The Lower House of Parliament on Tuesday approved the government's draft budget for 2003. Approved by a slim majority of 1vote, the proposed budget has a record deficit of close to 111 billion crowns or 3.7 billion US dollars. The opposition Civic Democrats, who voted against the budget, have slammed the governing coalition, saying they are miring the country in debt. The governing coalition counters that it is only dealing with a situation created by former governments and that it is working hard on gradually reducing the deficit in state finances. Daniela Lazarova asked economic analyst Radomir Jac how he views the approved budget.
"Well, obviously the 2003 state budget deficit is set at a record level - more than 110 billion Czech crowns. Actually the budget deficit was reduced from the original proposal by the decision to reduce coverage of consolidation agencies. However, while this deficit can be considered high I think that the main issue is what developments we can expect in the coming years."
In order to sugar that bitter pill the finance ministry has unveiled two alternative plans for the reform of state finances in the coming years- a so called "radical" reform which would bring the deficit down to 3% of the GDP by 2008, when the country is expected to join the monetary union, and a more moderate version. How feasible do you find these proposals?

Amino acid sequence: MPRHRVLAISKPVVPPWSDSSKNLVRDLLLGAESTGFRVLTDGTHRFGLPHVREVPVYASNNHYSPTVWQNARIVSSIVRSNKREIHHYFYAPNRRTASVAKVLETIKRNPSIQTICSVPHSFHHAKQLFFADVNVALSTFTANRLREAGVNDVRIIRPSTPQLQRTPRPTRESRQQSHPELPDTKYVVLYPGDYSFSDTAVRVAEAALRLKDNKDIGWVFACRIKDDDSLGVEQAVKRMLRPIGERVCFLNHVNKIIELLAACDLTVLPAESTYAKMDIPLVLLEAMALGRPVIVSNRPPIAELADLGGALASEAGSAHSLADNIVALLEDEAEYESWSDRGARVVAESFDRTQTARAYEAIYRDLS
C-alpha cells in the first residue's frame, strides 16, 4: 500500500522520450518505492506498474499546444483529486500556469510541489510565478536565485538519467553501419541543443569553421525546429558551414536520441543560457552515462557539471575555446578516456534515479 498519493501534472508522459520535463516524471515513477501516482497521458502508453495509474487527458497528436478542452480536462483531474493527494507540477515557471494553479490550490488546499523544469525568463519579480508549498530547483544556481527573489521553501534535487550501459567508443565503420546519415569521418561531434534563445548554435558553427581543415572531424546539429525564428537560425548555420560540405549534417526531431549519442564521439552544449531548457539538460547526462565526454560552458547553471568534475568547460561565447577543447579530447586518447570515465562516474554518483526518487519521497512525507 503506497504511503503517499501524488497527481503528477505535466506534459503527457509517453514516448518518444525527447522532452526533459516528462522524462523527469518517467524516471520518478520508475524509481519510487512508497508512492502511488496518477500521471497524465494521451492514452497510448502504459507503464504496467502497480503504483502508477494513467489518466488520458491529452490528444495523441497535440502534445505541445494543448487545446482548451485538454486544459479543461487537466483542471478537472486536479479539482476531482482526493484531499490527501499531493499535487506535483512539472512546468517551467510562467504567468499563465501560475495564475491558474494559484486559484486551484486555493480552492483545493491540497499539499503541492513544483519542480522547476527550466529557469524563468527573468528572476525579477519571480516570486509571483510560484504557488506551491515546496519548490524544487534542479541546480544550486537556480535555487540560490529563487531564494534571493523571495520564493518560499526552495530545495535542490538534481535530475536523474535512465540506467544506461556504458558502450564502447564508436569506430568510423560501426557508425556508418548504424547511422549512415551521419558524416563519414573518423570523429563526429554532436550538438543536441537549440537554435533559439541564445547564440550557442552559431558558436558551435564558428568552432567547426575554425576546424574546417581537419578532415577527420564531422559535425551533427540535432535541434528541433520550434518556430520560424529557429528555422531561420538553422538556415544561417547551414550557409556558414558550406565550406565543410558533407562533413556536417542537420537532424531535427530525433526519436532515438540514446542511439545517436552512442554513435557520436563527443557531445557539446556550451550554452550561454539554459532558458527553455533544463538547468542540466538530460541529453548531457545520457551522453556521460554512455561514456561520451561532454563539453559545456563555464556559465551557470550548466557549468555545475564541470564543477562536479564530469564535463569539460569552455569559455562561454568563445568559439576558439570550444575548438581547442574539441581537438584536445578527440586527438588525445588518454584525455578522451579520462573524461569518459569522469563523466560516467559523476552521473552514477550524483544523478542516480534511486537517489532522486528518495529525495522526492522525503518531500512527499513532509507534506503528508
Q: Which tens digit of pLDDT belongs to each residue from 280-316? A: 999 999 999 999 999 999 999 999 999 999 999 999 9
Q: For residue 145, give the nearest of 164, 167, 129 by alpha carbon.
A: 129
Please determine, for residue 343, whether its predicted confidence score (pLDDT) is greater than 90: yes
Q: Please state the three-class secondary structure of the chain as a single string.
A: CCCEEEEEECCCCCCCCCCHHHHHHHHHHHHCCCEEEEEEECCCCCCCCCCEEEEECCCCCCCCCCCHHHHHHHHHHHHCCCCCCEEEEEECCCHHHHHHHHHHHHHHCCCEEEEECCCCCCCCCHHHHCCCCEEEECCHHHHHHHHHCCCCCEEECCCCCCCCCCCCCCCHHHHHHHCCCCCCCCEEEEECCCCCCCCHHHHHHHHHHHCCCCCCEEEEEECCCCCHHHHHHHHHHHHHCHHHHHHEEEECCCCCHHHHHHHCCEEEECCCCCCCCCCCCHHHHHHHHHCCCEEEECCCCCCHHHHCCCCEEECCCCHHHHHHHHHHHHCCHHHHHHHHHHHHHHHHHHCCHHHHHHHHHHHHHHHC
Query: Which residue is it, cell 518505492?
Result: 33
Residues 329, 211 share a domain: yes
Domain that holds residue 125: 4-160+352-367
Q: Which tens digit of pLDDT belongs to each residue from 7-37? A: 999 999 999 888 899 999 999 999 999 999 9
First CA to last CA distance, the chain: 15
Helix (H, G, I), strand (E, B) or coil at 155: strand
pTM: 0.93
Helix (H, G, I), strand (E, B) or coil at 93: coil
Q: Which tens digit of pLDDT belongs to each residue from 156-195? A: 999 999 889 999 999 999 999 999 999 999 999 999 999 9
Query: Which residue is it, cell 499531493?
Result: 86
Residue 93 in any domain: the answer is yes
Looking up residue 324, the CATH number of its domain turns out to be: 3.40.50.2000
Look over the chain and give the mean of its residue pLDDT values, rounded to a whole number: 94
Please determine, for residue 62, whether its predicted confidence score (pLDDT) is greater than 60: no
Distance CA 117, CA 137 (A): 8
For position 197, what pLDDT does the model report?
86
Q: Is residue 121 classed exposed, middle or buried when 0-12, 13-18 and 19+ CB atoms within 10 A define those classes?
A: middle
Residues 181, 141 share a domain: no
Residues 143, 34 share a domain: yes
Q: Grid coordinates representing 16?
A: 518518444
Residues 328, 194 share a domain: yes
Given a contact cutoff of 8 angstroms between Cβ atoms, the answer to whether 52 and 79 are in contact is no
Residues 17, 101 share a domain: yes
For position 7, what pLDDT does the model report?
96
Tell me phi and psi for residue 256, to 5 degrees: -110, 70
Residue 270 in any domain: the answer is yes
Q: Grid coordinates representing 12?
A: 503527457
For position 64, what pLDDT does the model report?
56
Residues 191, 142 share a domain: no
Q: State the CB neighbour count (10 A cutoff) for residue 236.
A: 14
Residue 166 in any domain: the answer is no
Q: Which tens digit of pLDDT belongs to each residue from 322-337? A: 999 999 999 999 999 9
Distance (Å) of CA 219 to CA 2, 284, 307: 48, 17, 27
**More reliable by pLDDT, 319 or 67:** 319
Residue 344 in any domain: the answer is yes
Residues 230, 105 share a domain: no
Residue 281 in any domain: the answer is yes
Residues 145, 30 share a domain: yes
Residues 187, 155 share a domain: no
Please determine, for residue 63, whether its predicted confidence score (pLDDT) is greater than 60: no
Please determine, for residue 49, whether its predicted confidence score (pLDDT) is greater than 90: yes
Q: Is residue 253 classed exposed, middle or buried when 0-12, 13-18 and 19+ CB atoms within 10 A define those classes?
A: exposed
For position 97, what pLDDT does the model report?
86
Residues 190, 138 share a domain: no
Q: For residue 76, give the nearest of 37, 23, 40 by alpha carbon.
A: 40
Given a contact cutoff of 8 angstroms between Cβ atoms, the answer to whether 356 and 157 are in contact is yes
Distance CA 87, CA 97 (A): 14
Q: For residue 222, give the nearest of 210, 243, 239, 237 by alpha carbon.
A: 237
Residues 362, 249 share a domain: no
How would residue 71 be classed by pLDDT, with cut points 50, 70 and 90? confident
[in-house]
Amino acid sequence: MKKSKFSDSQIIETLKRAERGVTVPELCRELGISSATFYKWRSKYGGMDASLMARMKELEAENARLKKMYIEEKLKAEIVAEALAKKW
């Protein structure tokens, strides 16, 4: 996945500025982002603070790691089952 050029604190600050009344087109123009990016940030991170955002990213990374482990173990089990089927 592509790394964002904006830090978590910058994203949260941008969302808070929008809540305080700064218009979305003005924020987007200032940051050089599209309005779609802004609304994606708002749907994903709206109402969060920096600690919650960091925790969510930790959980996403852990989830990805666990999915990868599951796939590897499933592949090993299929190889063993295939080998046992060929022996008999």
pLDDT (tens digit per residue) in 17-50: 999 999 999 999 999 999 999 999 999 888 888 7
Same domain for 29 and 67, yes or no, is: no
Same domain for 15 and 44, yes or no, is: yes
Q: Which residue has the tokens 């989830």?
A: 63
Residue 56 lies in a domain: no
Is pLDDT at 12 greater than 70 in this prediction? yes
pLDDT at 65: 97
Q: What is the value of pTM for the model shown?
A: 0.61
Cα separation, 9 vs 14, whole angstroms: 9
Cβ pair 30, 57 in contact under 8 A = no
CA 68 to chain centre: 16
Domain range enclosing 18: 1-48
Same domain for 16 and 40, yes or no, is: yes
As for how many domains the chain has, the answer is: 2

"As I understand, the finance ministry does not target any particular year as a projected date for the adoption of the euro. I think that these proposals for fiscal reform have two goals: the first is to be ready to adopt the euro in general, the second is to stabilize and improve public finances in the Czech Republic. As was mentioned the more radical reform would enable to reduce the country's state deficit to below 4% by 2006 when the current government's term in office ends, the moderate version would enable to reduce the deficit to below 5%. The finance ministry also submitted a scenario on the development of public finances without any reform measures. In this case the deficit would remain high - above 6, 5 % of the GDP by 2006. I would say that the "radical" fiscal reform would be welcomed by international financial markets as well as by rating agencies but in reality I can imagine that the government will agree on some compromise that will be softer than the radical scenario. Still, having said that, reducing the deficit to levels of 4% or at least below 4.5% of the GDP by 2006 would mean progress in comparison with the current situation."
That was economic analyst Radomir Jac commenting on the country's state deficit problems.
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